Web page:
Professors at Syracuse University are canceling or redesigning midterm exams this semester.
The change comes due to the challenges of online learning and the current Covid-19 pandemic, which some professors believe has placed mounting stress on students who are still adjusting to online learning.
Many Syracuse faculty members saw canceling or redesigning midterms as a way to create an online testing strategy that could facilitate students’ balancing of academic integrity.
Others took it as an opportunity to alleviate stress and anxiety for students.
The Daily Orange, the student newspaper of Syracuse, interviewed Julie Hasenwinkel, a biomedical and chemical engineering professor who decided to cut her classes’ midterm exams.
When classes were in-person, Hasenwinkel usually gave two midterm exams and a final exam in her upper-level class. However, this year, she decided to call them off and in lieu of them, assigned weekly 20-minute quizzes that students complete during class.
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“[The quizzes were] an adaptation that I made so that we didn’t have to manage long exams with some students online and some students in the classroom,” Hasenwinkel told The Daily Orange.
She also plans to cancel her final exam this fall as well, opting to have her students present their semester-long research projects.
Hasenwinkel believes that redesigning her course’s testing schedule was a practical choice, especially since it has alleviated some of the burdens that her students are struggling with this semester.
“I’ve been teaching for a long time, and I do really feel the sense that everyone is more stressed this semester,” she said. “It’s palpable in the classroom, and for students and faculty.”
Hasenwinkel said that she will consider offering alternative testing during the spring semester, which begins January 25 and ends April 30, with final exams taking place from May 3 to May 6.
Another professor, Harriet Brown, who teaches news and digital journalism, told The Daily Orange that she canceled her midterm exam for her online beauty and diversity fashion class. According to Brown, this choice was in the best interest of her students.
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“I just honestly felt like students didn’t need that,” Brown said to The Daily Orange. “Students are struggling hard. I have heard so many stories from students about illnesses, anxiety, depression, family issues, just everything.”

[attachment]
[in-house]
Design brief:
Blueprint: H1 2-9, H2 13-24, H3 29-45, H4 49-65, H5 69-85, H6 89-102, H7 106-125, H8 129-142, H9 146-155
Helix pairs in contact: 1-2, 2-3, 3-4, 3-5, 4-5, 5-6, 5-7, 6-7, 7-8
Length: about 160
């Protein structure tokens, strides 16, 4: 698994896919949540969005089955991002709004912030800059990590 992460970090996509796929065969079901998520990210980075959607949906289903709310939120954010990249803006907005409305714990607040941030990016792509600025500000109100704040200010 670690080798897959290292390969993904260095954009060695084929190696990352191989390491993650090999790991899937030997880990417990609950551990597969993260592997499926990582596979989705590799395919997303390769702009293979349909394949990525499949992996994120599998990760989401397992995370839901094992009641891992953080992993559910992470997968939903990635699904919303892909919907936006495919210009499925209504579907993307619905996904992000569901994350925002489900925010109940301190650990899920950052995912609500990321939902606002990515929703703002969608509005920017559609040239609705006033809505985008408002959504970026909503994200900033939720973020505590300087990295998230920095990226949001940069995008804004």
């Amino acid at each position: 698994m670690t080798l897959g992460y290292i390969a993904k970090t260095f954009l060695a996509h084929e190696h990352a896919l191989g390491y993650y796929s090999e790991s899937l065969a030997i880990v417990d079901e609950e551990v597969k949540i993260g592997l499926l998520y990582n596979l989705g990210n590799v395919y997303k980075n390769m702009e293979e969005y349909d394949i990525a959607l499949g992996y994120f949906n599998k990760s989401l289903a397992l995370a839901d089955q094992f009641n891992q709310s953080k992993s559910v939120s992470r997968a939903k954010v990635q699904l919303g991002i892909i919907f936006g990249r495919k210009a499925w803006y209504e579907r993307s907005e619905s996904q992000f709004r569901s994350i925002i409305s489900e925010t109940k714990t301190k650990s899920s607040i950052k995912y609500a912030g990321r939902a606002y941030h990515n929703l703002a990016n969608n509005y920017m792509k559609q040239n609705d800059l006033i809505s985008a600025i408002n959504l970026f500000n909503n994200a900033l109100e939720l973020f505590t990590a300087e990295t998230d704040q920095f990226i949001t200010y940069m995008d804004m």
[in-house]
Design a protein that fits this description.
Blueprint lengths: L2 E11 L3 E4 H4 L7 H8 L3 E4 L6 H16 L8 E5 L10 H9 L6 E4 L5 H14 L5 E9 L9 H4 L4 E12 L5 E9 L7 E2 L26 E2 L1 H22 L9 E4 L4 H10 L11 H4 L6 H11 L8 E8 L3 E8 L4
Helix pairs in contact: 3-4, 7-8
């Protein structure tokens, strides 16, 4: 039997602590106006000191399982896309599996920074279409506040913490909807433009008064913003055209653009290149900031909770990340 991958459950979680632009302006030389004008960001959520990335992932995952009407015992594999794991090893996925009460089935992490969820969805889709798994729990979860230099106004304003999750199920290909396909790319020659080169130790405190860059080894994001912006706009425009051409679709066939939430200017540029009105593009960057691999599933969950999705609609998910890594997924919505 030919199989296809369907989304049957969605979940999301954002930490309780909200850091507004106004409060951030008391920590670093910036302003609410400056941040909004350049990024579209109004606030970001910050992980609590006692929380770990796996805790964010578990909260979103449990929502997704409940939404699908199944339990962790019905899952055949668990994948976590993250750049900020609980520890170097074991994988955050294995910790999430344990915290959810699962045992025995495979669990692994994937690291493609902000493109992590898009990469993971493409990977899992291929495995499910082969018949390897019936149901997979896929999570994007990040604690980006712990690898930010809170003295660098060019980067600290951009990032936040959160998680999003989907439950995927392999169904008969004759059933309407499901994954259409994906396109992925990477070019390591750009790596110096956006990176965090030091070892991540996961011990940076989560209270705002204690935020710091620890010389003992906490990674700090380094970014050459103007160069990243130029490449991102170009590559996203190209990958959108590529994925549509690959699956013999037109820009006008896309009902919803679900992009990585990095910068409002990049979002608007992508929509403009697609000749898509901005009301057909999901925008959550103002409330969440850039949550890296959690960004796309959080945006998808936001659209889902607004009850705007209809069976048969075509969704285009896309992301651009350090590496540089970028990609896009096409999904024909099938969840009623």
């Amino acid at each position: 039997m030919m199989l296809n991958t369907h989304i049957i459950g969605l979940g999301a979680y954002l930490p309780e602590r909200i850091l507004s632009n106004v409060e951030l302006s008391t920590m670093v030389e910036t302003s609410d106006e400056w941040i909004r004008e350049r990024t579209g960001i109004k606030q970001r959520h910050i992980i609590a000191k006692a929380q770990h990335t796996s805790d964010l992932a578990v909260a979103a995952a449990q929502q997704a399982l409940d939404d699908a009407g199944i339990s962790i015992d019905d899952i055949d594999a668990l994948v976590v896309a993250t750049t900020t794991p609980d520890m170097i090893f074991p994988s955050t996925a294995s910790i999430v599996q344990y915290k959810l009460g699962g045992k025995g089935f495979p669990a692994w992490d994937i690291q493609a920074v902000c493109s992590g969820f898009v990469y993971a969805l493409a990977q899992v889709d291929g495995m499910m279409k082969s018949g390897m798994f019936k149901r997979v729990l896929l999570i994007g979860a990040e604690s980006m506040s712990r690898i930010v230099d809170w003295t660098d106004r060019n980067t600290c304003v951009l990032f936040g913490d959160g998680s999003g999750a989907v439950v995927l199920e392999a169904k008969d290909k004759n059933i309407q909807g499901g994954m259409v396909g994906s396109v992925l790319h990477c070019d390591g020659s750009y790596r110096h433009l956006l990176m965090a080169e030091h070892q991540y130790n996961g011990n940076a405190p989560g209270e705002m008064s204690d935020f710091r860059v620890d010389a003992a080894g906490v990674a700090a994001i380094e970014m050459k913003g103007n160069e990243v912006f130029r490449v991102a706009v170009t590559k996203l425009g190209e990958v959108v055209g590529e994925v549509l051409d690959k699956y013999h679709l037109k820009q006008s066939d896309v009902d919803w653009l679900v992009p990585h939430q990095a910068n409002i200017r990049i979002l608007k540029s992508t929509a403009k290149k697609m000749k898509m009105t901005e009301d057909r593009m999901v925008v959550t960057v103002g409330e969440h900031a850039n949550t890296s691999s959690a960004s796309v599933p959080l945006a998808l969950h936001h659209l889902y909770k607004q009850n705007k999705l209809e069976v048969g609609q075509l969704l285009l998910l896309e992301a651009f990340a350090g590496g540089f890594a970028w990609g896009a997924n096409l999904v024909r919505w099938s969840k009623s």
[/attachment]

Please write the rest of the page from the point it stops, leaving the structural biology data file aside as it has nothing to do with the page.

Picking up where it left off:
Brown also said that she believes that there are other ways to monitor students’ progress without stressful exams.
Transmedia and Art Photography Professor Laura Heymen, who teaches two studio classes that meet once a week for four hours, usually doesn’t assign traditional exams. Instead, her students are required to fill out a mid-semester assessment through Blackboard, the online learning platform of Syracuse.
Since her classes don’t use traditional exams, Heymen uses this assessment to check in on her students’ progress.
Although the assessment is available this semester, Heymen told The Daily Orange that fewer students are responding to it compared to previous years.
“Students are really stressed out and frustrated, and trying to accommodate that- trying to strike the balance between making sure they’re motivated and trying to recognize when someone is having trouble and be empathetic- that’s a lot of academic labor and emotional labor,” Heyman said.
Director of Research at the National Association of Scholars David Randall told Campus Reform that the decisions are not beneficial for students.
“As a general principle, ‘stress’ is ‘life,’ and enduring life is building character- something universities ought to do,” Randall stated. “Equally in general, universities that cater to the trend to define anything but serenity and joy as a medical condition which requires academic remediation will inevitably further rot their academic standards.”
“To the extent that Syracuse University professors partake in this trend, they further the decline in America’s academic standards,” he continued.
Campus Reform reached out to Syracuse University did not receive a response in time for publication.
Follow the author of this article on Twitter: @LelaGallery